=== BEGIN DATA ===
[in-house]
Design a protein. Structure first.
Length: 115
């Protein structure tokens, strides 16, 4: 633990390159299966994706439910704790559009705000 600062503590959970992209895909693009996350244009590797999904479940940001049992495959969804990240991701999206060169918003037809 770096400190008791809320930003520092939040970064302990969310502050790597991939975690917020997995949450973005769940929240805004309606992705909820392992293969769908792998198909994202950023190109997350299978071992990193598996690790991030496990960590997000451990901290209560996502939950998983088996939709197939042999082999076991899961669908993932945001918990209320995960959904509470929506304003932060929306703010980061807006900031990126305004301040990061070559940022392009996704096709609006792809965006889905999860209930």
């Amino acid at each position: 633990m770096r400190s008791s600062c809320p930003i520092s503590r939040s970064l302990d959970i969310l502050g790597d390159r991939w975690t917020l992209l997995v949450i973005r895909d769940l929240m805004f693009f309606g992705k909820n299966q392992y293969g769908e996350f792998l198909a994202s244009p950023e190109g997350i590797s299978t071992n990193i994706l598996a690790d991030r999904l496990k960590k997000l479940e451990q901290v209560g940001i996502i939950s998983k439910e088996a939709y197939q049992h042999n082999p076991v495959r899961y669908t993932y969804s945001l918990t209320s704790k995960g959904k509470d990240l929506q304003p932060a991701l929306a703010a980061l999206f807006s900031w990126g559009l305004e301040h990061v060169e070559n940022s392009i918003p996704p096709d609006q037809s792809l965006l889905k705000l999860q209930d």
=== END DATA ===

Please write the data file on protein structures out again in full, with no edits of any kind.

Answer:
[in-house]
Design a protein. Structure first.
Length: 115
């Protein structure tokens, strides 16, 4: 633990390159299966994706439910704790559009705000 600062503590959970992209895909693009996350244009590797999904479940940001049992495959969804990240991701999206060169918003037809 770096400190008791809320930003520092939040970064302990969310502050790597991939975690917020997995949450973005769940929240805004309606992705909820392992293969769908792998198909994202950023190109997350299978071992990193598996690790991030496990960590997000451990901290209560996502939950998983088996939709197939042999082999076991899961669908993932945001918990209320995960959904509470929506304003932060929306703010980061807006900031990126305004301040990061070559940022392009996704096709609006792809965006889905999860209930």
């Amino acid at each position: 633990m770096r400190s008791s600062c809320p930003i520092s503590r939040s970064l302990d959970i969310l502050g790597d390159r991939w975690t917020l992209l997995v949450i973005r895909d769940l929240m805004f693009f309606g992705k909820n299966q392992y293969g769908e996350f792998l198909a994202s244009p950023e190109g997350i590797s299978t071992n990193i994706l598996a690790d991030r999904l496990k960590k997000l479940e451990q901290v209560g940001i996502i939950s998983k439910e088996a939709y197939q049992h042999n082999p076991v495959r899961y669908t993932y969804s945001l918990t209320s704790k995960g959904k509470d990240l929506q304003p932060a991701l929306a703010a980061l999206f807006s900031w990126g559009l305004e301040h990061v060169e070559n940022s392009i918003p996704p096709d609006q037809s792809l965006l889905k705000l999860q209930d």